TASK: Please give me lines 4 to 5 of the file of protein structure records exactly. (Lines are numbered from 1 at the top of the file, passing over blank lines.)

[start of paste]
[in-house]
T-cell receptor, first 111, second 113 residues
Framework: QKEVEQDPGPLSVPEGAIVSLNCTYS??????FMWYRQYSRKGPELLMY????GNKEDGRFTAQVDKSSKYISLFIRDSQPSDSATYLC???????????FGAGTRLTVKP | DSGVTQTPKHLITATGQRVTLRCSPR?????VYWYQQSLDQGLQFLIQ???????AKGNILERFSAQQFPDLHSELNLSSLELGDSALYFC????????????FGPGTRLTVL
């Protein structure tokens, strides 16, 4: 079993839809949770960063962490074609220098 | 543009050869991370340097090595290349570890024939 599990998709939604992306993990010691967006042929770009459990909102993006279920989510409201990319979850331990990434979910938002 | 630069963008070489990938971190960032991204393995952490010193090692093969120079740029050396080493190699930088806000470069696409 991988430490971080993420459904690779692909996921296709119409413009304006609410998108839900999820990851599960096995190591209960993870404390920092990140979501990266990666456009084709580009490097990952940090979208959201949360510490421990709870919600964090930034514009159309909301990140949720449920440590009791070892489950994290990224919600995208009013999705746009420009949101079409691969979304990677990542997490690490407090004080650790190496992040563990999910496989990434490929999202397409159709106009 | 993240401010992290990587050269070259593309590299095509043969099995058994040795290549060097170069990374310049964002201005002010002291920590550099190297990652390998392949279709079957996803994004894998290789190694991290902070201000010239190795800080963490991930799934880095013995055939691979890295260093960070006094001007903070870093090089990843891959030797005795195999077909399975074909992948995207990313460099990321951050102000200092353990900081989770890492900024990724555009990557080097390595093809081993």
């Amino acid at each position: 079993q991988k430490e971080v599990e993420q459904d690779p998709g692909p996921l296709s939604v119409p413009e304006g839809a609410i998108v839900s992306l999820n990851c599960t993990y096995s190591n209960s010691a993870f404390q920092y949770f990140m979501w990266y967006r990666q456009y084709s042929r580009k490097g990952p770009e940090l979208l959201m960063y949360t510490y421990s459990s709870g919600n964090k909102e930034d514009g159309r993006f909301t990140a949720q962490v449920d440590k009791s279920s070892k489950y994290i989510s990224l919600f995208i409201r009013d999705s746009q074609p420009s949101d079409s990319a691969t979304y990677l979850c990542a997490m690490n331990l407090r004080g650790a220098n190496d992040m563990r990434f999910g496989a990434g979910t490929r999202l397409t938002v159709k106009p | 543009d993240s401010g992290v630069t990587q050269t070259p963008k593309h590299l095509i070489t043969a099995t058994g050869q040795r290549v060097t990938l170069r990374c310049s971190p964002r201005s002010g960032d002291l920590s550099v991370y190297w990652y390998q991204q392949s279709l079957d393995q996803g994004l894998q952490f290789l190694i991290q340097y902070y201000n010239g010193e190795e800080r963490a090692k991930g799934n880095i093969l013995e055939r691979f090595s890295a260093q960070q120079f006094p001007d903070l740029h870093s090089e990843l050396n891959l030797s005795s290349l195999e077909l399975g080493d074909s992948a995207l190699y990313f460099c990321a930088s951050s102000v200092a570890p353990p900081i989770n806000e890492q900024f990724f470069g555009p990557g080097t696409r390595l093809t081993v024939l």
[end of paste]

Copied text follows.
């Protein structure tokens, strides 16, 4: 079993839809949770960063962490074609220098 | 543009050869991370340097090595290349570890024939 599990998709939604992306993990010691967006042929770009459990909102993006279920989510409201990319979850331990990434979910938002 | 630069963008070489990938971190960032991204393995952490010193090692093969120079740029050396080493190699930088806000470069696409 991988430490971080993420459904690779692909996921296709119409413009304006609410998108839900999820990851599960096995190591209960993870404390920092990140979501990266990666456009084709580009490097990952940090979208959201949360510490421990709870919600964090930034514009159309909301990140949720449920440590009791070892489950994290990224919600995208009013999705746009420009949101079409691969979304990677990542997490690490407090004080650790190496992040563990999910496989990434490929999202397409159709106009 | 993240401010992290990587050269070259593309590299095509043969099995058994040795290549060097170069990374310049964002201005002010002291920590550099190297990652390998392949279709079957996803994004894998290789190694991290902070201000010239190795800080963490991930799934880095013995055939691979890295260093960070006094001007903070870093090089990843891959030797005795195999077909399975074909992948995207990313460099990321951050102000200092353990900081989770890492900024990724555009990557080097390595093809081993």
């Amino acid at each position: 079993q991988k430490e971080v599990e993420q459904d690779p998709g692909p996921l296709s939604v119409p413009e304006g839809a609410i998108v839900s992306l999820n990851c599960t993990y096995s190591n209960s010691a993870f404390q920092y949770f990140m979501w990266y967006r990666q456009y084709s042929r580009k490097g990952p770009e940090l979208l959201m960063y949360t510490y421990s459990s709870g919600n964090k909102e930034d514009g159309r993006f909301t990140a949720q962490v449920d440590k009791s279920s070892k489950y994290i989510s990224l919600f995208i409201r009013d999705s746009q074609p420009s949101d079409s990319a691969t979304y990677l979850c990542a997490m690490n331990l407090r004080g650790a220098n190496d992040m563990r990434f999910g496989a990434g979910t490929r999202l397409t938002v159709k106009p | 543009d993240s401010g992290v630069t990587q050269t070259p963008k593309h590299l095509i070489t043969a099995t058994g050869q040795r290549v060097t990938l170069r990374c310049s971190p964002r201005s002010g960032d002291l920590s550099v991370y190297w990652y390998q991204q392949s279709l079957d393995q996803g994004l894998q952490f290789l190694i991290q340097y902070y201000n010239g010193e190795e800080r963490a090692k991930g799934n880095i093969l013995e055939r691979f090595s890295a260093q960070q120079f006094p001007d903070l740029h870093s090089e990843l050396n891959l030797s005795s290349l195999e077909l399975g080493d074909s992948a995207l190699y990313f460099c990321a930088s951050s102000v200092a570890p353990p900081i989770n806000e890492q900024f990724f470069g555009p990557g080097t696409r390595l093809t081993v024939l």